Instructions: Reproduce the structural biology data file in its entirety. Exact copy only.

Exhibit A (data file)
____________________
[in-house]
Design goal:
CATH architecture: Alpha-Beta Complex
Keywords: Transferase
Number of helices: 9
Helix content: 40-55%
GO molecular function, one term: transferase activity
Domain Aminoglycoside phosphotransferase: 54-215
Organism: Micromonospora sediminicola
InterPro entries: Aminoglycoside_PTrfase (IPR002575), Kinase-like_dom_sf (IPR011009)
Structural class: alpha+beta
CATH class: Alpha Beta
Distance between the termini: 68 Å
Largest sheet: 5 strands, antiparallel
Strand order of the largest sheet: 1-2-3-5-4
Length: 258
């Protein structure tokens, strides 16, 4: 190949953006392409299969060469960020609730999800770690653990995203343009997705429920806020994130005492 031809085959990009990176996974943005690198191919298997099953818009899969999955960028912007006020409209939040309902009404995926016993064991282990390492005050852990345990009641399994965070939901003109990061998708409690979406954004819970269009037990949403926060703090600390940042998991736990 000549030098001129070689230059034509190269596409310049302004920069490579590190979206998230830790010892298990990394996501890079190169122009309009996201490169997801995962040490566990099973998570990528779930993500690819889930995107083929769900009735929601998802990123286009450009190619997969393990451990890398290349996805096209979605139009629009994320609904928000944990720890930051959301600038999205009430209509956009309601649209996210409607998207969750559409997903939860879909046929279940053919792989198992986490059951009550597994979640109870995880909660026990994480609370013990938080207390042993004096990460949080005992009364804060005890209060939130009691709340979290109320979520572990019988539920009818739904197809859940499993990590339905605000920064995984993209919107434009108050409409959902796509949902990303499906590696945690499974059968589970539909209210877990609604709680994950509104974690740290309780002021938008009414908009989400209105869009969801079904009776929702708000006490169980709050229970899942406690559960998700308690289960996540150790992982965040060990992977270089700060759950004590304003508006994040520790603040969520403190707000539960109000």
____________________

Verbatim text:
[in-house]
Design goal:
CATH architecture: Alpha-Beta Complex
Keywords: Transferase
Number of helices: 9
Helix content: 40-55%
GO molecular function, one term: transferase activity
Domain Aminoglycoside phosphotransferase: 54-215
Organism: Micromonospora sediminicola
InterPro entries: Aminoglycoside_PTrfase (IPR002575), Kinase-like_dom_sf (IPR011009)
Structural class: alpha+beta
CATH class: Alpha Beta
Distance between the termini: 68 Å
Largest sheet: 5 strands, antiparallel
Strand order of the largest sheet: 1-2-3-5-4
Length: 258
């Protein structure tokens, strides 16, 4: 190949953006392409299969060469960020609730999800770690653990995203343009997705429920806020994130005492 031809085959990009990176996974943005690198191919298997099953818009899969999955960028912007006020409209939040309902009404995926016993064991282990390492005050852990345990009641399994965070939901003109990061998708409690979406954004819970269009037990949403926060703090600390940042998991736990 000549030098001129070689230059034509190269596409310049302004920069490579590190979206998230830790010892298990990394996501890079190169122009309009996201490169997801995962040490566990099973998570990528779930993500690819889930995107083929769900009735929601998802990123286009450009190619997969393990451990890398290349996805096209979605139009629009994320609904928000944990720890930051959301600038999205009430209509956009309601649209996210409607998207969750559409997903939860879909046929279940053919792989198992986490059951009550597994979640109870995880909660026990994480609370013990938080207390042993004096990460949080005992009364804060005890209060939130009691709340979290109320979520572990019988539920009818739904197809859940499993990590339905605000920064995984993209919107434009108050409409959902796509949902990303499906590696945690499974059968589970539909209210877990609604709680994950509104974690740290309780002021938008009414908009989400209105869009969801079904009776929702708000006490169980709050229970899942406690559960998700308690289960996540150790992982965040060990992977270089700060759950004590304003508006994040520790603040969520403190707000539960109000």